Not long after the Battle of Gettysburg, Walt Whitman wrote: "Soldiers, soldiers, soldiers, you meet everywhere about the city, often superb-looking men, though invalids dress'd in worn uniforms, and carrying canes and crutches." Later, in 1865, he saw "a large procession of young men from the rebel army […] Their costumes had a dirt-stain'd uniformity; most had been originally gray; some had articles of our uniform, pants on one, vest or coat on another; I think they were mostly Georgia and North Carolina boys." (Specimen Days & Collect, 1882).

Whitman poignantly conveyed the war's progress and its toll on the common soldier by observing the state of their uniforms. Sarah Jones Weicksel, a doctoral candidate in US history, is taking her own long look at military uniforms in her dissertation: "The Fabric of War: Clothing, Culture, and Violence in the American Civil War Era."

Largely ignored by Civil War historians, the study of clothing requires Weicksel to examine the social, economic, and cultural history of the 1860s and '70s—areas of research that have in the past not been combined. She expects this combination to reveal new insights about the relationship of battlefields to the home front, politics and gender, and the cultural afterlife of war in peacetime.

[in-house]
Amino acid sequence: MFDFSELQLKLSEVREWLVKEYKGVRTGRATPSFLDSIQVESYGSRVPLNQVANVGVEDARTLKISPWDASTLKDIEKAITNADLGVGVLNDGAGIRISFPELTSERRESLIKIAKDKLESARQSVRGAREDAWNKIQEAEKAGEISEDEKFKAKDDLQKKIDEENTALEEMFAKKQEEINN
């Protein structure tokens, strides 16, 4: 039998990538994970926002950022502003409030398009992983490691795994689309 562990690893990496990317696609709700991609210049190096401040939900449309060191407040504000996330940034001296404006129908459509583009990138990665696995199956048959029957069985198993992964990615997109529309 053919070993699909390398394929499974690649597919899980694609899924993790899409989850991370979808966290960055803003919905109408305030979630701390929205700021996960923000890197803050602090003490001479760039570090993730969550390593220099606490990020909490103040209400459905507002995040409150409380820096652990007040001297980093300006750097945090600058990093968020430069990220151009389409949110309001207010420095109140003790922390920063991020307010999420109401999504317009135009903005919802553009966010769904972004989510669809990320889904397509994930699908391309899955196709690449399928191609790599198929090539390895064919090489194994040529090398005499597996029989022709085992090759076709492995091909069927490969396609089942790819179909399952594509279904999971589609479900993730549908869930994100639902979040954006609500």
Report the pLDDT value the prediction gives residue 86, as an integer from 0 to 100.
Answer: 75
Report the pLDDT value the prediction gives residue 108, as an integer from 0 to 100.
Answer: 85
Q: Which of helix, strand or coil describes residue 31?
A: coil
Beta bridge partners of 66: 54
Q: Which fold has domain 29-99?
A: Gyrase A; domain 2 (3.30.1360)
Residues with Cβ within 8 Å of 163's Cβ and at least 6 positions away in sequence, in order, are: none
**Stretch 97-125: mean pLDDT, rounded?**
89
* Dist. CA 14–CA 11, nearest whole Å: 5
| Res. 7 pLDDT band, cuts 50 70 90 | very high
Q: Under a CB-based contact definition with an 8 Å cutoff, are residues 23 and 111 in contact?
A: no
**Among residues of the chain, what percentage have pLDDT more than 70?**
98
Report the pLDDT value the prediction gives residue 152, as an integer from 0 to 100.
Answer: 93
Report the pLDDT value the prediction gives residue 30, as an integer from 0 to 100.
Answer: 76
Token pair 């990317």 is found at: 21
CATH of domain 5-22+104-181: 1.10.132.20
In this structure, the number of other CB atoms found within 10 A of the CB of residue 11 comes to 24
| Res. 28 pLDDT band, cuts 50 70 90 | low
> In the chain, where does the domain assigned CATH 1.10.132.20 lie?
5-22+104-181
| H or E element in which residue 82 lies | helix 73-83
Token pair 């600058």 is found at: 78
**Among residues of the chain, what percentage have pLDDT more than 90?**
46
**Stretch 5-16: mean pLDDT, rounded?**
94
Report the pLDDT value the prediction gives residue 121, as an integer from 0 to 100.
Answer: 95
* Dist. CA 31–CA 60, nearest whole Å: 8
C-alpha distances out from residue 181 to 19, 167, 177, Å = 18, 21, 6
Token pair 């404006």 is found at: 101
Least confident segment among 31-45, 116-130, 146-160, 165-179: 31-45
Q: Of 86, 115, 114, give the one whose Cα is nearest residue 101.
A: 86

Weicksel's research has taken her to archives up and down the East Coast, as well as to midwestern and Chicago collections. She recently published a portion of her findings, "To Look Like Men of War: Visual Transformation Narratives of African American Union Soldiers (1861–1865)," in the journal Clio: Histoire, Femmes et Sociétés. She will spend the coming year at the National Museum of African American History and Culture and the National Museum of American History, delving into their expansive collections of objects, images, and manuscripts as a recipient of a 2015 Committee on Institutional Cooperation/Smithsonian Institution Fellowship.

Kathleen Neils Conzen and Leora Auslander codirect her dissertation; Amy Dru Stanley and James Grossman are readers.

By Joanne M. Berens, MFA'93,